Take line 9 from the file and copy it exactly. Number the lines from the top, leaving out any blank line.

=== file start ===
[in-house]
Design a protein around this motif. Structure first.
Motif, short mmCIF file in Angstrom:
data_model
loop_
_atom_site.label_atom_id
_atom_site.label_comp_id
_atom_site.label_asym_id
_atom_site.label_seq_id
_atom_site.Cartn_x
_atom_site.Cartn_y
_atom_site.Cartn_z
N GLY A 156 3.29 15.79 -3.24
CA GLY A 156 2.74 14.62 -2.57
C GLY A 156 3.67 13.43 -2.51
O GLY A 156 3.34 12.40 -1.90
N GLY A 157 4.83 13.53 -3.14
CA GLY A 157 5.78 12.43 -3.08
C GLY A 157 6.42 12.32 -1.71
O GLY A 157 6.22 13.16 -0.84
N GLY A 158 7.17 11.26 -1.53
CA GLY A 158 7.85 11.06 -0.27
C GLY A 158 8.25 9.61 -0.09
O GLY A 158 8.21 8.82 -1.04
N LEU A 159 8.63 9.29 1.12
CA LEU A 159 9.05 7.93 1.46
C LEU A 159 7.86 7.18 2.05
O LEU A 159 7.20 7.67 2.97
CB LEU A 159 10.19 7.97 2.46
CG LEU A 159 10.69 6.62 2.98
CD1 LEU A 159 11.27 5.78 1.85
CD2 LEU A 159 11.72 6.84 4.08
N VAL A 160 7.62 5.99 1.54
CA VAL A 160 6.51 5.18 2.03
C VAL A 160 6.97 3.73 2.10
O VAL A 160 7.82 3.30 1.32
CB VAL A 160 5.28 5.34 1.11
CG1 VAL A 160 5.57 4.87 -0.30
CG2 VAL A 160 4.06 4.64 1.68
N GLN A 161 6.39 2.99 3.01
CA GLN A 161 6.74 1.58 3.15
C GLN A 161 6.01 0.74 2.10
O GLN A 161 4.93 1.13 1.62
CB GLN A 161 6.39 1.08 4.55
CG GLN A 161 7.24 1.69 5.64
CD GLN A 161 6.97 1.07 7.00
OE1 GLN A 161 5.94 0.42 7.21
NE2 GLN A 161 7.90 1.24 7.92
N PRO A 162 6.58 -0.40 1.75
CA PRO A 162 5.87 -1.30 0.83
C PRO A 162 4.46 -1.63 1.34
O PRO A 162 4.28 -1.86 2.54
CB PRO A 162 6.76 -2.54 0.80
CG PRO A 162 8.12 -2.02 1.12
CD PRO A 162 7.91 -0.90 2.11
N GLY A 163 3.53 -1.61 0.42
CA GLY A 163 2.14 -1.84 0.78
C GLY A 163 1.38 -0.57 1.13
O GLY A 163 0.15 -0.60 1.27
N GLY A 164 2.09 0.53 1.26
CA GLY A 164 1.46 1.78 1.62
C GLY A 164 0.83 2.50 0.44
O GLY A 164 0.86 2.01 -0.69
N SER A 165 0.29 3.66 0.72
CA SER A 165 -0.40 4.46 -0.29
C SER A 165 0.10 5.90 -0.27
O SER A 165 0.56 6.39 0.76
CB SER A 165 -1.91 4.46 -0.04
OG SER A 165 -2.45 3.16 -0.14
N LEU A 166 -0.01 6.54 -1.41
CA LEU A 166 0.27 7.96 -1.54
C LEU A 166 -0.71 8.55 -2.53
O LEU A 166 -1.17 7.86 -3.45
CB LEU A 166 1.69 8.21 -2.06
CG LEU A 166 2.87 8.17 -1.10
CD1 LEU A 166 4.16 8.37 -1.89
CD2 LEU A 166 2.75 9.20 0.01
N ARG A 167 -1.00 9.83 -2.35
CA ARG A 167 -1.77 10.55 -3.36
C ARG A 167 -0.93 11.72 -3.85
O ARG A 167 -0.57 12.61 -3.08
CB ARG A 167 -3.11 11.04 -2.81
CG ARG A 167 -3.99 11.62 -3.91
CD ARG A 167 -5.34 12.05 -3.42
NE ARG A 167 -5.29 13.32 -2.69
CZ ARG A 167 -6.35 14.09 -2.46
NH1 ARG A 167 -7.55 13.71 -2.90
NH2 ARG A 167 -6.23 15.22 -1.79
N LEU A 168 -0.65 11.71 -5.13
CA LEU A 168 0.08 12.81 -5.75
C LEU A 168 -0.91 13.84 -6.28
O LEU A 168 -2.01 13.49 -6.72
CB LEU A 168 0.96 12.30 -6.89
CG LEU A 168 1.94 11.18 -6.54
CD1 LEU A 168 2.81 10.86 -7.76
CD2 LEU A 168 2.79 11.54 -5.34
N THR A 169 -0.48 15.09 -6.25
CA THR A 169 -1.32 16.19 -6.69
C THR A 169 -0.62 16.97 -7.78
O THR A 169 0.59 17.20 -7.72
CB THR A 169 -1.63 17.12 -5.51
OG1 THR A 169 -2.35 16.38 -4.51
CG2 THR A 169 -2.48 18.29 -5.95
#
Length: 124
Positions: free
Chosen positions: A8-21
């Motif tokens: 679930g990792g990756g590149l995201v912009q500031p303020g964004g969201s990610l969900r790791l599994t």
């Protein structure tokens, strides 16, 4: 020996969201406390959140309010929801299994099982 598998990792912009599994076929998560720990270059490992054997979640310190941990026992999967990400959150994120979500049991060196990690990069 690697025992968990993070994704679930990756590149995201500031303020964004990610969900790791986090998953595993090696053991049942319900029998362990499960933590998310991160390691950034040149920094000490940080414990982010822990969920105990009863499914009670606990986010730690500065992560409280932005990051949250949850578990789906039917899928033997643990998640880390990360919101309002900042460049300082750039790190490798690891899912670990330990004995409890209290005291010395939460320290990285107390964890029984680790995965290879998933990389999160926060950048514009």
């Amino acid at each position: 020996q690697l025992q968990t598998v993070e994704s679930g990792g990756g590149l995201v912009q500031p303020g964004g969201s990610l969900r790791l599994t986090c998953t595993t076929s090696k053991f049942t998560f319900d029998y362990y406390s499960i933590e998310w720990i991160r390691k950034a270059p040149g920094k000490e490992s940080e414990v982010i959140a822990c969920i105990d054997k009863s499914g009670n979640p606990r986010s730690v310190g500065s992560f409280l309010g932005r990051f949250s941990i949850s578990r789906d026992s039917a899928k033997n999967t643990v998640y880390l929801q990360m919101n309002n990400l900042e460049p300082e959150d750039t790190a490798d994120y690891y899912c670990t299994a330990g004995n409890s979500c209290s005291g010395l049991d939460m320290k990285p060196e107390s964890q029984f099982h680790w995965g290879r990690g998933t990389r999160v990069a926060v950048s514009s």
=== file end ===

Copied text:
_atom_site.label_seq_id